Setting boundaries keeps also you from being overwhelmed by events that are not actually your problem. As the saying goes, “A lack of planning on your part does not constitute an emergency on my part.” It’s an act of kindness to help a colleague in need once in a while. But, if you’re constantly saving other people’s hides at work, you’re probably not taking care of yourself and you’re definitely not helping the other person grow as a professional.

While setting and maintaining boundaries is often a healthy practice, you can take it too far. Avoid being overly rigid, negative, or aggressive when it comes to defending your boundaries. And, don’t use your boundaries as an excuse to close yourself off to new experiences or isolate you from relationships.

Setting boundaries can irritate the self-centered

Keep in mind that some people don’t react well when others set boundaries. They may be accustomed to and may even enjoy having others cave in to their arrogant, controlling, micromanaging, or power-hungry behavior. Often the only way to please these self-centered people is complete subservience, which would require you to live their values instead of your own.

If you’re surrounded by self-centered coworkers who resent you for setting reasonable professional boundaries, it might be time to consider whether there’s a better job out there that aligns with your values.

Have you tried to set boundaries at work? Share you experience and lessons learned in the comments.

Lauren Girardin is a marketing and communications consultant, writer, and speaker based in San Francisco. She helps organizations engage their communities and tell their stories. Her website is laurengirardin.com and you can connect with her on Twitter at @girardinl.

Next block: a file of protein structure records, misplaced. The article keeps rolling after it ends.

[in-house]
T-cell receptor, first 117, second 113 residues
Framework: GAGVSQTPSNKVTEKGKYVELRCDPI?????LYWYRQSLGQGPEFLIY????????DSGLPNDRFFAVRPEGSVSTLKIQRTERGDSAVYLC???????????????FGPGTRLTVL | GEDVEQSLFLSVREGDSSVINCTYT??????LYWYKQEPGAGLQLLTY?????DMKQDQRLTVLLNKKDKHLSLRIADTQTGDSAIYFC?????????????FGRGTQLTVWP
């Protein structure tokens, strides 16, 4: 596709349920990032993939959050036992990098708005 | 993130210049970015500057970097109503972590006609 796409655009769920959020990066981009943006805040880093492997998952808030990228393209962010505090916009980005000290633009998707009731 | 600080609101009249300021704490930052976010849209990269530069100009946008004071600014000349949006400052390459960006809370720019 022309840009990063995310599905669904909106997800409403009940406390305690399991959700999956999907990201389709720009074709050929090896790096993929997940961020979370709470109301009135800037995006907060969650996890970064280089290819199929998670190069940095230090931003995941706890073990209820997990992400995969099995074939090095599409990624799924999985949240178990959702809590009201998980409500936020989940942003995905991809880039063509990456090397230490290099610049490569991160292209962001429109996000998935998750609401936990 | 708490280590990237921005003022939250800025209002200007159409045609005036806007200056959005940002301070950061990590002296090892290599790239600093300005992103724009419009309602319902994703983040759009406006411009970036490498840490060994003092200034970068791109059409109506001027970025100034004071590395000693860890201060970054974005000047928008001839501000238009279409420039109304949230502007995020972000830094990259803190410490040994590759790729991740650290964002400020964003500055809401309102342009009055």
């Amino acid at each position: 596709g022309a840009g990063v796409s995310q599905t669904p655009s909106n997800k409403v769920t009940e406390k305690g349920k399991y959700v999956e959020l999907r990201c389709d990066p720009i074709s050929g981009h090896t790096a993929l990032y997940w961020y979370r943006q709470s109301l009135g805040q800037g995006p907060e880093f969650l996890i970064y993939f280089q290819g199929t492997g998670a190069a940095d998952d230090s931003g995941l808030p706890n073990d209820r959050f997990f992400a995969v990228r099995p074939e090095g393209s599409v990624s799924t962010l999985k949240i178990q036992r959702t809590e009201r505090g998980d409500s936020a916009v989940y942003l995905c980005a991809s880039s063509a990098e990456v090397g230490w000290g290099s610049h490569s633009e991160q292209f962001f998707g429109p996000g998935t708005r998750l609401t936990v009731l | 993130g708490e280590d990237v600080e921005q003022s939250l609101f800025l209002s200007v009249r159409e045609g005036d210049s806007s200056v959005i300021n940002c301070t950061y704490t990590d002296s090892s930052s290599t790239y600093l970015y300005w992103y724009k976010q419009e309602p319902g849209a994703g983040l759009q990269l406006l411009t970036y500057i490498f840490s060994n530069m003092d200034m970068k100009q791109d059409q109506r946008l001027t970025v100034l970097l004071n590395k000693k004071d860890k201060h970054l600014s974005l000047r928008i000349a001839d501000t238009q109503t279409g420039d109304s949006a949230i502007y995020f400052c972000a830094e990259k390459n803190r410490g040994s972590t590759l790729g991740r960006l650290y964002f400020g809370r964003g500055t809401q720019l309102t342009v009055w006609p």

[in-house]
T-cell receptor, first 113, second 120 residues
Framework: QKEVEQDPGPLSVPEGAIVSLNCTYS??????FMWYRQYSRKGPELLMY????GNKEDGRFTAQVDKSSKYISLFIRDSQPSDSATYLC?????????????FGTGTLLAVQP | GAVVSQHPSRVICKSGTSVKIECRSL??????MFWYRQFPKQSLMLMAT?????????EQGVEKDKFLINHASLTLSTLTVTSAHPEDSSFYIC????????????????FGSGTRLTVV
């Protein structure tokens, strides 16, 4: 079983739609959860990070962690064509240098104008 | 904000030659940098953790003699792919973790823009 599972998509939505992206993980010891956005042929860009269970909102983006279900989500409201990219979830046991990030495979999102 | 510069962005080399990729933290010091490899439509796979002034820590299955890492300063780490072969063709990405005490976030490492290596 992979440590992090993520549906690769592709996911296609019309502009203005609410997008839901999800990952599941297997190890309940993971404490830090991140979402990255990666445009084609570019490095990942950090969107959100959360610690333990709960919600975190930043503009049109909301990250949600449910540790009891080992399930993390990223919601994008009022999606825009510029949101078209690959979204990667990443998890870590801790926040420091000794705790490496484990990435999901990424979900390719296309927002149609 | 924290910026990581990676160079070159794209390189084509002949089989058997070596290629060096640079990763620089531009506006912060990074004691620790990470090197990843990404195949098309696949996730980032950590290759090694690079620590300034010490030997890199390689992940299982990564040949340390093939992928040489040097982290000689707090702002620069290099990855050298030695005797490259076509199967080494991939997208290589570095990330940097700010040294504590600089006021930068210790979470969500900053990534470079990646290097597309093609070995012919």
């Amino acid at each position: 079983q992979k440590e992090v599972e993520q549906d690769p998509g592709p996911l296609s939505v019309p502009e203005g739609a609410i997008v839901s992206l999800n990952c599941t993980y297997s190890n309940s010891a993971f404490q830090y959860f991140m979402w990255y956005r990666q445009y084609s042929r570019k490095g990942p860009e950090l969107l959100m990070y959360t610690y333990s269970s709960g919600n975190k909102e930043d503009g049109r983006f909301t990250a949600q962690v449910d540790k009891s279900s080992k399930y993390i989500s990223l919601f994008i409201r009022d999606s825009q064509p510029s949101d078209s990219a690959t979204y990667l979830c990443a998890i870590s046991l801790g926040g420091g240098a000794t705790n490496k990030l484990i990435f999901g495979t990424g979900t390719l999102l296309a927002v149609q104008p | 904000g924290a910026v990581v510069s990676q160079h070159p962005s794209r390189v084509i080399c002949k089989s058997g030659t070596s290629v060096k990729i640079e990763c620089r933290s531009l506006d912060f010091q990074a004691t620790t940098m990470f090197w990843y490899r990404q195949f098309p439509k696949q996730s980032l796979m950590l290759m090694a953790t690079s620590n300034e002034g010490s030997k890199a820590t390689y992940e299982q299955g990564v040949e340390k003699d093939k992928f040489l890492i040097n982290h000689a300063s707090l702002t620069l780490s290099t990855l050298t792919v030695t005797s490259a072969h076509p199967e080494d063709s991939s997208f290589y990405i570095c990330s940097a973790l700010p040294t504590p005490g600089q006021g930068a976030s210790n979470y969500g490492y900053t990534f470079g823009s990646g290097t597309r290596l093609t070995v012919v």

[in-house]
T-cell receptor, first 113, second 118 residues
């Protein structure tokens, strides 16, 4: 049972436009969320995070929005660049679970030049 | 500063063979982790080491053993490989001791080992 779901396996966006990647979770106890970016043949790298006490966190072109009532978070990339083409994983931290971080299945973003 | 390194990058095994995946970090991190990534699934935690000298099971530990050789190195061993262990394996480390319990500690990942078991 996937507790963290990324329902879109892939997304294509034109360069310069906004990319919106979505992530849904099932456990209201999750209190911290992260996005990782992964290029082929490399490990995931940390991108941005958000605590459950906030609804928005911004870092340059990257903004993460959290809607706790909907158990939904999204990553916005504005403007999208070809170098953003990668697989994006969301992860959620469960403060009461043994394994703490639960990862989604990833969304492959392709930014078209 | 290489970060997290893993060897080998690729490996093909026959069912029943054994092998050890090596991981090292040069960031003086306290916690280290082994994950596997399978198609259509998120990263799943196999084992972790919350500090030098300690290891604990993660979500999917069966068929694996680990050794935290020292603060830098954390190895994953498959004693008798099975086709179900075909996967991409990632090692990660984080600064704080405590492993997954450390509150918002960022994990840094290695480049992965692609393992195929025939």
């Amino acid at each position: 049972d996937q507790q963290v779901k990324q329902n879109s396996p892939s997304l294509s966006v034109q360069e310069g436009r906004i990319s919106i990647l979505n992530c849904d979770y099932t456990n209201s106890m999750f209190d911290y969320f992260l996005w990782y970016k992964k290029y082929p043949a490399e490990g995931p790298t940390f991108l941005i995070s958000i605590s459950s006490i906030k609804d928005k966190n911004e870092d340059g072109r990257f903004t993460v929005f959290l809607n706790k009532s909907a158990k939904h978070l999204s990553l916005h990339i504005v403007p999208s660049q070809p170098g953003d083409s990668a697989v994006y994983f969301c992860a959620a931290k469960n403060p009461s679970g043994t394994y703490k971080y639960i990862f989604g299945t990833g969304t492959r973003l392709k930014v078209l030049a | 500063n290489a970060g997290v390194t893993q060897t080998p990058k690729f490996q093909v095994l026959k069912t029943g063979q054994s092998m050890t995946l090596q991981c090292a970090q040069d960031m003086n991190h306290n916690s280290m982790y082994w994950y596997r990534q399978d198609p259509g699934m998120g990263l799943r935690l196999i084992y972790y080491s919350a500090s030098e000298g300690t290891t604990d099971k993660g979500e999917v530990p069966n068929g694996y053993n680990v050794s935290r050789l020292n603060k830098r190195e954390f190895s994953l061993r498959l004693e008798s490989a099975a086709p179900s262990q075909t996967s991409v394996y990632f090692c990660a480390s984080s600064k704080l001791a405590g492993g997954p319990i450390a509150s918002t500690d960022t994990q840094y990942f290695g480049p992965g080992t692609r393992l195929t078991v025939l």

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Excellent article! In preparing others for employment, I try to impart to my consumers that one of the unwritten rules of the workplace is that we teach others how to treat us. We can sometimes be too eager to please in the beginning; but, once we are established, we have a tendency to “relax” because we feel justified that we’ve proven our worth. However, it can become a cycle of resentment– with the boss, it might be “you’ve changed, you don’t seem as cooperative as before”; and with yourself, you might say “I feel taken advantage of, I’m supposed to be everything to everyone”; this can be avoided with a happy medium of cooperation/boundaries. Your article provides a way to achieve that happy medium. Thank you!

Lauren Girardin

You’re welcome, Tammy. I’m glad you enjoyed my article. It sounds like you’ve done a lot of work on setting respectful boundaries.


This is a great introduction to the idea of boundaries in a professional setting. However, there’s another half to the equation: having good boundaries not only means being able to “say no”, but also to be able to tolerate HEARING “no”. In some ways, having a good enough boundary to respect others’ choices and limits can be even more important than establishing your own, because the alternative would be hurting others – not just yourself.

Productive Introvert

This is helpful and affirming. I’ve recently set some new boundaries at work and they’ve not been well received by a couple of co-workers. Some people perceive boundaries as personal rejection, when in fact it’s self care or respectful differences in communication style. Sometimes it feels like romper room; thankfully I’ve got a good sense of humor.

Lauren Girardin

I’m so glad that you found my article helpful, Productive Introvert (cute pseudonym!). Keep in mind that when people react negatively when you set boundaries, it may simply be because they feel like they can’t do the same for themselves. If they’re not openly hostile about it, you could ask them where they feel like they need some boundaries to help them get better control over their lives.